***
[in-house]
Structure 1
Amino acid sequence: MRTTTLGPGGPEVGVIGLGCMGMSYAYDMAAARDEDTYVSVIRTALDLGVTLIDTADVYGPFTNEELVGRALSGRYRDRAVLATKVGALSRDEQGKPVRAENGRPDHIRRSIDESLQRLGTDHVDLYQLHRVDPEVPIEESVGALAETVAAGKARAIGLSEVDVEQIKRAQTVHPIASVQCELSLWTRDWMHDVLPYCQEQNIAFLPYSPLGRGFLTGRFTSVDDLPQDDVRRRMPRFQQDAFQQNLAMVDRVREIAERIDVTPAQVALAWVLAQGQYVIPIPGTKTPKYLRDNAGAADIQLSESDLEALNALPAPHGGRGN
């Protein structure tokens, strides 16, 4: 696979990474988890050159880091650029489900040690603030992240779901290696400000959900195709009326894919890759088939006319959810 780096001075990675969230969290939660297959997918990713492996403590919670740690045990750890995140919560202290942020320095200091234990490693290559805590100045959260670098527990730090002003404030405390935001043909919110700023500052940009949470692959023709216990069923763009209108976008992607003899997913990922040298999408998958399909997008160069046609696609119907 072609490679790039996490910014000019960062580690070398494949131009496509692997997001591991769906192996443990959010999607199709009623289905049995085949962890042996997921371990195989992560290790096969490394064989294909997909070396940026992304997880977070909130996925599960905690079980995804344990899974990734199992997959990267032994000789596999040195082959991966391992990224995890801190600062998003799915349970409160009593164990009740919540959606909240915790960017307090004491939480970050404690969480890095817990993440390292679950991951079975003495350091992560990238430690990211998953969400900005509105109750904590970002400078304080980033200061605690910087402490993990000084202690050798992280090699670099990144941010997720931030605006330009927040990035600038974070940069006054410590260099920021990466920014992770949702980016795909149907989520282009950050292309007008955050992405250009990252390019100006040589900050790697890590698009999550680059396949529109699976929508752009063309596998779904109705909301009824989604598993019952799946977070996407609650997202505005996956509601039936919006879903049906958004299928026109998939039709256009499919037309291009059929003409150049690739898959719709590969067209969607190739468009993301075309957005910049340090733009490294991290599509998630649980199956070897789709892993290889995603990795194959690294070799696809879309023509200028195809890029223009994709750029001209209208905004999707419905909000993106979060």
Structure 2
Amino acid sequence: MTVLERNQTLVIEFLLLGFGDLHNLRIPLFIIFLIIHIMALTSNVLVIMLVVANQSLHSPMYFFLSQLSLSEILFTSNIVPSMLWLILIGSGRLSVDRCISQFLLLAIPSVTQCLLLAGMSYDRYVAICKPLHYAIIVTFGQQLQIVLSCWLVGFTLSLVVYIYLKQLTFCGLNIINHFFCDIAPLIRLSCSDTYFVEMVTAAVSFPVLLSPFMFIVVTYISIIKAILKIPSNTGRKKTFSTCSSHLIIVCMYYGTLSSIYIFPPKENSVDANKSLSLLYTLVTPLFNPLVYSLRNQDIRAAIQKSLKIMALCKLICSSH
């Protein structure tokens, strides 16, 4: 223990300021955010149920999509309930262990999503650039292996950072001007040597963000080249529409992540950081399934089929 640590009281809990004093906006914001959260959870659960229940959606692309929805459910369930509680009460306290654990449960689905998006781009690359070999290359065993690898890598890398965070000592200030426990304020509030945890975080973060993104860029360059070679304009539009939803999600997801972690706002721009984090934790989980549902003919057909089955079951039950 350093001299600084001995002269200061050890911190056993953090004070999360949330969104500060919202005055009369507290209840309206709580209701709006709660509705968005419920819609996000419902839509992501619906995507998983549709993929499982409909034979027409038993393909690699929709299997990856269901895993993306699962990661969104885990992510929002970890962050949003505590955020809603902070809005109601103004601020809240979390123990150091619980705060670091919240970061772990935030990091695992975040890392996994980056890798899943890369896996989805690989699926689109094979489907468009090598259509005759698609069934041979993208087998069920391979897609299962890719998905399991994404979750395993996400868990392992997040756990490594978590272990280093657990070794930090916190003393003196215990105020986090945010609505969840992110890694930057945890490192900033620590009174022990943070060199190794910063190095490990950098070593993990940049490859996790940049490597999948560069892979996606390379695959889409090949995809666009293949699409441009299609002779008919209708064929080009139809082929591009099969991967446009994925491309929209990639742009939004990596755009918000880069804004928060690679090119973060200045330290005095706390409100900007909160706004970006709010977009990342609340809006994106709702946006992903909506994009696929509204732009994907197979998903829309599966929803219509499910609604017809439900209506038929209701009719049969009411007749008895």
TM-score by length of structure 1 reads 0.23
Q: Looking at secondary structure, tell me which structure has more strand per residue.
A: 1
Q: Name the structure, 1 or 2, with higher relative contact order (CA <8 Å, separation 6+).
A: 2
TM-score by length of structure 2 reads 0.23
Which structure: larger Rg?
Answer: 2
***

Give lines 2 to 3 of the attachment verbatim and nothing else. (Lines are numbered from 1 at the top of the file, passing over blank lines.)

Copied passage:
Structure 1
Amino acid sequence: MRTTTLGPGGPEVGVIGLGCMGMSYAYDMAAARDEDTYVSVIRTALDLGVTLIDTADVYGPFTNEELVGRALSGRYRDRAVLATKVGALSRDEQGKPVRAENGRPDHIRRSIDESLQRLGTDHVDLYQLHRVDPEVPIEESVGALAETVAAGKARAIGLSEVDVEQIKRAQTVHPIASVQCELSLWTRDWMHDVLPYCQEQNIAFLPYSPLGRGFLTGRFTSVDDLPQDDVRRRMPRFQQDAFQQNLAMVDRVREIAERIDVTPAQVALAWVLAQGQYVIPIPGTKTPKYLRDNAGAADIQLSESDLEALNALPAPHGGRGN